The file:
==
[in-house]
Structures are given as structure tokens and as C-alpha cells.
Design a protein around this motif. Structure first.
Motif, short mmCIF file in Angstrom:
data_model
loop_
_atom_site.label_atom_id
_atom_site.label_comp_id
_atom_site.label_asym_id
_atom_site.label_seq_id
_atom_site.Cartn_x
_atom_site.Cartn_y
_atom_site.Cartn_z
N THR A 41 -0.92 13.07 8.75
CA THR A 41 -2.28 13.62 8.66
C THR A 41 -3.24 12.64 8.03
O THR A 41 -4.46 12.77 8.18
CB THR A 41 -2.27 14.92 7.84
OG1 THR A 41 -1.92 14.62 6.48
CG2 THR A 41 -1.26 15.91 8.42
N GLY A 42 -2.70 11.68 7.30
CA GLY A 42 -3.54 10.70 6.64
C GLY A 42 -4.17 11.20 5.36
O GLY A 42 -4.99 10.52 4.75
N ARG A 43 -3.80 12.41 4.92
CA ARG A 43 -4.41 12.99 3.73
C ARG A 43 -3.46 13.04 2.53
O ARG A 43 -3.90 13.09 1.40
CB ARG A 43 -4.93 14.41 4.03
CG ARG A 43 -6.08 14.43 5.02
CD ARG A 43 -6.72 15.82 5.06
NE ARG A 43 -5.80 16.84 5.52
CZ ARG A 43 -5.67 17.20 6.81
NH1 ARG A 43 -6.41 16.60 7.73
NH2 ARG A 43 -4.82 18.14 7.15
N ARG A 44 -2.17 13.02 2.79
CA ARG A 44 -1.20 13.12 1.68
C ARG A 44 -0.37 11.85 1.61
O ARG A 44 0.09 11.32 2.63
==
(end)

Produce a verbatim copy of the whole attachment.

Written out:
[in-house]
Structures are given as structure tokens and as C-alpha cells.
Design a protein around this motif. Structure first.
Motif, short mmCIF file in Angstrom:
data_model
loop_
_atom_site.label_atom_id
_atom_site.label_comp_id
_atom_site.label_asym_id
_atom_site.label_seq_id
_atom_site.Cartn_x
_atom_site.Cartn_y
_atom_site.Cartn_z
N THR A 41 -0.92 13.07 8.75
CA THR A 41 -2.28 13.62 8.66
C THR A 41 -3.24 12.64 8.03
O THR A 41 -4.46 12.77 8.18
CB THR A 41 -2.27 14.92 7.84
OG1 THR A 41 -1.92 14.62 6.48
CG2 THR A 41 -1.26 15.91 8.42
N GLY A 42 -2.70 11.68 7.30
CA GLY A 42 -3.54 10.70 6.64
C GLY A 42 -4.17 11.20 5.36
O GLY A 42 -4.99 10.52 4.75
N ARG A 43 -3.80 12.41 4.92
CA ARG A 43 -4.41 12.99 3.73
C ARG A 43 -3.46 13.04 2.53
O ARG A 43 -3.90 13.09 1.40
CB ARG A 43 -4.93 14.41 4.03
CG ARG A 43 -6.08 14.43 5.02
CD ARG A 43 -6.72 15.82 5.06
NE ARG A 43 -5.80 16.84 5.52
CZ ARG A 43 -5.67 17.20 6.81
NH1 ARG A 43 -6.41 16.60 7.73
NH2 ARG A 43 -4.82 18.14 7.15
N ARG A 44 -2.17 13.02 2.79
CA ARG A 44 -1.20 13.12 1.68
C ARG A 44 -0.37 11.85 1.61
O ARG A 44 0.09 11.32 2.63